Saturday, 3 April 2010
The Later Works
Spring 2010 sees the release of a new studio album of two of Stan's suites that have never before been recorded.
Commissions to write works for special occasions have come to Stan Tracey in various shapes and sizes over the years. In particular, Stan has had several commissions for his octet over 30 years or so and this double CD features two of them, recently recorded with Stan's latest line up. This is a follow up release to “The Early Works”, RSJ107.
The Hong Kong Suite
This suite was commissioned by Lord Christopher Patten, to mark the British handover back to China in 1997. We had been performing at the Hong Kong Jazz Club in 1996 and (the then Governor) Chris Patten approached Stan after the performance with the proposal. A year later the octet performed the new music in Beijing and Guangzhou in China with the premiere at the last official concert held at the Governor's private residence in Hong Kong under British sovereignty.
The Amandla Suite
Slightly less glamorous perhaps, this suite was commissioned in 1993 by NALGO on its merger with other trade unions COHSE and NUPE, becoming UNISON. NALGO proffered the title “Amandla”, a Zulu word meaning "Power" and a battle cry that became associated with the anti-apartheid movement. The titles, chosen by Stan, allude to events and relationships forged around the world by NALGO.
The humble premiere of this suite was held at a hotel on the outskirts of Newcastle, hosted by UNISON and two of the pieces, “The Cuban Connection” (also released on “Stan Tracey - Live At The QEH”) and “Humberto's Dream”, have remained as regulars in the pad ever since.
Clark Tracey, January 2010 (extract from cd sleeve notes)
The line up is
Simon Allen - tenor saxophone
Mornington Lockett - tnr & sop saxophones
Sammy Mayne - alto saxophone
Guy Barker - trumpet
Stan Tracey - piano
Andrew Cleyndert - double bass
Clark Tracey - drums
available from reSteamed.com
The Early Works
In the early Seventies, Stan had left his long tenure at Ronnie Scott's Club as house pianist and found himself physically exhausted, slightly disillusioned, broke and musically somewhat isolated after years of unique experience and having spearheaded the British jazz movement since the early Fifties. Through interaction on a 'grass roots' level in London, he began moving into a musical area inhabited by the less mainstream 'new kids on the block', forming duet associations with the likes of Mike Osbourne, Keith Tippett and John Surman as well as leading his own larger ensembles, "Splinters" with Trevor Watts, Kenny Wheeler, Peter King, Danny Thompson and John Stevens and "Tentacles", which included Henry Lowther, Harry Beckett, Malcolm Griffiths, Paul Nieman, Trevor Watts, Art Themen, John Surman, Harry Miller and Louis Moholo. These line ups incorporated a great deal of free improvisation, marking a radical step outside for Stan.
In 1974 he was commissioned to write three pieces for a festival in Fishguard. The size of the band was more or less dictated by the fee available and so the octet was born. For this band he chose Harry Beckett, Malcolm Griffiths, Trevor Watts, Alan Skidmore, Don Weller, Harry Miller and John Stevens. While it retained a spontaneous urgency in its improvisation, Stan's music was turning towards a more structured view of composition again, drawing from previous decades of scoring for big bands, often having his octet classified as a "small big-band".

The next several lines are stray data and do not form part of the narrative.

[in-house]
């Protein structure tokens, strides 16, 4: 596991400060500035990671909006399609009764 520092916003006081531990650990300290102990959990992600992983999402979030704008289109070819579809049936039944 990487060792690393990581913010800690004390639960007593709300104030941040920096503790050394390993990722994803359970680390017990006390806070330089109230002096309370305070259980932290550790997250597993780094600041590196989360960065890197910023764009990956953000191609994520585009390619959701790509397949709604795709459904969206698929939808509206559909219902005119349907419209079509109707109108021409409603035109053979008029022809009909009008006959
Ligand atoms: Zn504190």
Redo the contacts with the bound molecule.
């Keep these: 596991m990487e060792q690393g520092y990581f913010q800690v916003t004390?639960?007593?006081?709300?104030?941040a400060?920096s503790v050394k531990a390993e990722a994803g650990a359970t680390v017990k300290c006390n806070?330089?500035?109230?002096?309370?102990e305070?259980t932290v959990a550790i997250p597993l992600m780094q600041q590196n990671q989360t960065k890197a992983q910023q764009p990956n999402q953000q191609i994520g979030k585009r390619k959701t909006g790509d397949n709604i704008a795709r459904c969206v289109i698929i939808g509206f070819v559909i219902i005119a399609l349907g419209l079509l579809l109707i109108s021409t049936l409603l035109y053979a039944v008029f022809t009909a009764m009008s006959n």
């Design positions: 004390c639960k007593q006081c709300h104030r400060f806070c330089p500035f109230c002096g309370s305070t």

There were some personnel changes by the time of the first octet release on Steam, "The Bracknell Connection", two years later in 1976: Art Themen for Skidmore, Dave Green for Miller, Bryan Spring for Stevens (representing Stan's then regular quartet) and Peter King for Watts. This was a commissioned work for the most popular British jazz festival throughout the Seventies, held at South Hill Park in Bracknell. The recording on this first disc was from a subsequent live performance at the 100 Club in London. In the same year, Stan was the subject of a BBCTV documentary in the prestigious arts series "Omnibus" in which the octet featured, raising Stan's public profile considerably.
Another personnel change came in late 1976 as Jeff Daly replaced King and the following year Stan was offered a commission for the Salisbury Arts Festival. "Chiffik" is from that premiere performance and has not been heard before. It's an off the cuff improvised piece which was the encore of the concert, to me superbly typifying the free spirited qualities of Stan's previous groups. On a personal note, this track has been a particular golden nugget since first hearing it and it's a delight to be able to make it available at last. An encore from the octet was always a rare treat, always improvised and therefore usually untitled (one exception being a certain concert when Stan felt moved enough to tellingly announce an unexpected new work, "Concerto For An Out Of Tune Piano"). The tape is from my private collection and has been restored lovingly to today's standards for its release here. The second disc of our double reissue, "The Salisbury Suite", was taken from a concert towards the end of a UK tour opposite Gil Evans' Orchestra at the Royal Festival Hall in 1978, released on Steam later that year.
Clark Tracey, 2009 (extract from cd sleeve notes)
Stan Tracey Octet - The Early Works. Remastered double CD of 'The Bracknell Connection / Salisbury Suite' plus unissued track 'Chiffik'.
Original recording 1975 / 1978. reissued on Resteamed Records (RSJ107)
Released in 2009
available from reSteamed.com
Portraits Plus was recorded in March 1992 and originally released by Blue Note on vinyl LP. It was commissioned by Jazz Services and The Arts Council of Great Britain.
Piano: Stan Tracey
Alto Sax: Pete King
Tenor Sax: Don Weller
Tenor & Soprano Sax: Art Themen
Trombone: Guy Barker
Bass: Dave Green
Drums: Clark Tracey
Posted by Little Klunk at 07:47